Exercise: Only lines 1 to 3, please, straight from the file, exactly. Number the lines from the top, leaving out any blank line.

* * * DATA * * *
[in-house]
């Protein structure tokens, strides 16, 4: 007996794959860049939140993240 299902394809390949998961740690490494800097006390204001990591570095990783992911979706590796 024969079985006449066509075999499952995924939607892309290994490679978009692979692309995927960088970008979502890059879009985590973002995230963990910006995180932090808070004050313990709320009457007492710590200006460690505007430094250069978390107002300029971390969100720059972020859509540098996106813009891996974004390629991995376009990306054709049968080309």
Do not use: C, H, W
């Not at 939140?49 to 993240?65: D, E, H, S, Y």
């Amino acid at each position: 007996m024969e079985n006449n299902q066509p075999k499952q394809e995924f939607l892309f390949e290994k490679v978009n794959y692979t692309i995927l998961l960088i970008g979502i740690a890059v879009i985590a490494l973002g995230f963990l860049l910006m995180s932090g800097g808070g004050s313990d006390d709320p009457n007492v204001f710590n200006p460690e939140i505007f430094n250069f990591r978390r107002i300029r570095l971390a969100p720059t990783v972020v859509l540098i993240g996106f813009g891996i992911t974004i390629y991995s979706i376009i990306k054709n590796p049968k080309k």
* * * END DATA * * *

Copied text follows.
[in-house]
């Protein structure tokens, strides 16, 4: 007996794959860049939140993240 299902394809390949998961740690490494800097006390204001990591570095990783992911979706590796 024969079985006449066509075999499952995924939607892309290994490679978009692979692309995927960088970008979502890059879009985590973002995230963990910006995180932090808070004050313990709320009457007492710590200006460690505007430094250069978390107002300029971390969100720059972020859509540098996106813009891996974004390629991995376009990306054709049968080309």
Do not use: C, H, W